06/08/2009 05:12 am ET Updated May 25, 2011

Steroids: Baseball's Misunderstood Savior

Let's get off A-Rod's back. It's not his fault that his name lends itself way too easily to the hilarious "A-Roid." In fact, let's give all the steroid taking athletes a break. I'm talking about "Juicin'" Giambi, Manny "Roid-mirez," Barry "Captain McRoidsalot" Bonds, and all the rest. Critics may describe their actions as unfair chemical enhancement, but I have a much more positive (pun intended) interpretation. These guys are athletic pioneers.

I believe that baseball players started juicing in an effort to save the sport. You may have been too sleepy to notice, but baseball is mind numbingly boring. According to, the average number of hits per game is nine. The average number of runs per game is slightly less than 5. And that's counting both teams. This is a sport that celebrates a pitcher who keeps the opposing team from getting any hits at all. Plus, a baseball game could theoretically go into 50 extra innings. It's no wonder that players have become steroid-addled mini-Hulks. They're just
trying to keep fans interested in the game.

Steroids provide the unpredictability that baseball so desperately needs. What could be more interesting than emotionally volatile man children with rock-like projectiles and bats? I know that I would be much more likely to attend a baseball game if there was the prospect of a 'roid raging batter snapping his bat in half and stabbing the pitcher. I would never miss a game if there was the possibility that the right fielder might jump into the stands and punch a Cracker Jack vendor in the face. Random violence and emotional breakdowns could provide baseball with the excitement that it's missing.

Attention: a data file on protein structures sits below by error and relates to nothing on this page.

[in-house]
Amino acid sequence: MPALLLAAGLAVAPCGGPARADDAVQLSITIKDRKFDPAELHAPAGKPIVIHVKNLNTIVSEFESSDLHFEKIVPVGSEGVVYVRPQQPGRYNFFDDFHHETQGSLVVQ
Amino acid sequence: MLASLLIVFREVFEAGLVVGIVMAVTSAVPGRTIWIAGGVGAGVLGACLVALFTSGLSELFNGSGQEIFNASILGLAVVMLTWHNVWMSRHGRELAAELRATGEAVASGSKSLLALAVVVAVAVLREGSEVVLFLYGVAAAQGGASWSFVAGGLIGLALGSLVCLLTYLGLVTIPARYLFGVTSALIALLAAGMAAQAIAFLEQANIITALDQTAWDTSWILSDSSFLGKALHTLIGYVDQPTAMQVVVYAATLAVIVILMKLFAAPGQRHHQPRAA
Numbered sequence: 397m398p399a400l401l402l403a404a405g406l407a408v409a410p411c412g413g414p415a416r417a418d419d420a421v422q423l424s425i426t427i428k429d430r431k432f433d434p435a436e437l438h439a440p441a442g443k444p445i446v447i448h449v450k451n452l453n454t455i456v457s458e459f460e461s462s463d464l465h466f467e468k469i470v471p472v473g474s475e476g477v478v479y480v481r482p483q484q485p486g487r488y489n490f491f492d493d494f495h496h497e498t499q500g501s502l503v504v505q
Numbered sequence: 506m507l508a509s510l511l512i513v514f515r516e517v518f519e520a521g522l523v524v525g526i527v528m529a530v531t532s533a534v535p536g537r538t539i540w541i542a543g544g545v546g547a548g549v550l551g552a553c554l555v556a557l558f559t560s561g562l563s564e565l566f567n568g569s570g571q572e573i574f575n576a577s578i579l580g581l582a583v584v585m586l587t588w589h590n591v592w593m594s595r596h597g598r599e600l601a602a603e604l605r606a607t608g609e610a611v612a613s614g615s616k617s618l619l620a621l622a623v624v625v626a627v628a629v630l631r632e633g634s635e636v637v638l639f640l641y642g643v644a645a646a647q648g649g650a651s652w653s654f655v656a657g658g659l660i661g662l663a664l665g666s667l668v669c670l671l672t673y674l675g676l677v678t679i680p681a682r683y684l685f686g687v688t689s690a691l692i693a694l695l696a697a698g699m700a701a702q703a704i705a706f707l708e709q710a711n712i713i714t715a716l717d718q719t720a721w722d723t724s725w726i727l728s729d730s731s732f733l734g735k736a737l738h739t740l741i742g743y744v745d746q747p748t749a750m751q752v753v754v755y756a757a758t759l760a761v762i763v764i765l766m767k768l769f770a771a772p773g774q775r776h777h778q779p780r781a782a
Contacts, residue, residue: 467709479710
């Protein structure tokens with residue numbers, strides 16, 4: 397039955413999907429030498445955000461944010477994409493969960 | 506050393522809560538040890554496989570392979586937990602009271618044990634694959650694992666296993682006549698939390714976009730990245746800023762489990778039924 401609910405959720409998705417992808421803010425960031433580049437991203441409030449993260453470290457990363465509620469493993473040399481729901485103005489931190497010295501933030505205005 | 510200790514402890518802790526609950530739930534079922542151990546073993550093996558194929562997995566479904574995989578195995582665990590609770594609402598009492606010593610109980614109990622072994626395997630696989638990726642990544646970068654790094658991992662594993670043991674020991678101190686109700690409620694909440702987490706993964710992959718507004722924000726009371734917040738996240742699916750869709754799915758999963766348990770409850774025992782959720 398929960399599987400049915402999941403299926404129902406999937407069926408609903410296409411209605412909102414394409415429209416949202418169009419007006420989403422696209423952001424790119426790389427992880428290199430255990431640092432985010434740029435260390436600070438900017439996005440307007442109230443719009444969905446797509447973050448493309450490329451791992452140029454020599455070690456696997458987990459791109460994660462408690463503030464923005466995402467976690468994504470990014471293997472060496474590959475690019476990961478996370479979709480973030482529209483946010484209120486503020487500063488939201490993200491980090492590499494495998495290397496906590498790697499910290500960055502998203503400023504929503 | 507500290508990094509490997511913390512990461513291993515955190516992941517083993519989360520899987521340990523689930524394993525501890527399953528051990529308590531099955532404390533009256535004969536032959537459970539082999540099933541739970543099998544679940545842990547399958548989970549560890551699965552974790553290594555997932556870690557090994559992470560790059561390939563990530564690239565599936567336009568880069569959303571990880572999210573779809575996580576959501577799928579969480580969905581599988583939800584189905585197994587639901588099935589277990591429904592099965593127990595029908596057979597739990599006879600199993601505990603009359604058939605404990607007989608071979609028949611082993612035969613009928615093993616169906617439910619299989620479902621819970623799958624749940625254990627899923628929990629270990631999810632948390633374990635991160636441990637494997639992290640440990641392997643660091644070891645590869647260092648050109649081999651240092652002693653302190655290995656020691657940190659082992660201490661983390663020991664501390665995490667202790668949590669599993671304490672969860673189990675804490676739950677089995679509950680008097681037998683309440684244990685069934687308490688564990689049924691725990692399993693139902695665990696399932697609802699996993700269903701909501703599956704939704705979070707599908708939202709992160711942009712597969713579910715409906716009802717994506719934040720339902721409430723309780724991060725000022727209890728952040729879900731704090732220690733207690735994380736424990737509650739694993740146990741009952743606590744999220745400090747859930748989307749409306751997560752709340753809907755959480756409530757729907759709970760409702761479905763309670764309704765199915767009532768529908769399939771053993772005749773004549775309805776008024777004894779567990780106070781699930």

And let's not forget the hilarity of steroid nicknames. They may single-handedly be keeping the newspaper business alive. Who wouldn't pick up a copy of the NY Post with "ROID-GER CLEMENS" on the front page in giant letters? Thinking up steroid nicknames is the most interesting baseball related activity I've ever engaged in. Here are a few of my favorites: JC Roid-mero, Mark McGwi-roid, and Juicé Canseco.

If I were the commissioner of baseball, I would legalize steroid usage, nay mandate it. I would conduct tests to find the players who were NOT juicing, then fine or penalize them. Imagine baseball with thirty homeruns a game, constant fights, and occasional emotional meltdowns. It would be like professional wrestling but with slightly fewer folding chair beat downs. I believe that the first step to making baseball a remotely interesting spectator sport is an opinion shift on steroids. Let's start by giving A-Roid a pat on the back. Just avoid his butt, because it's probably sore from all the injections.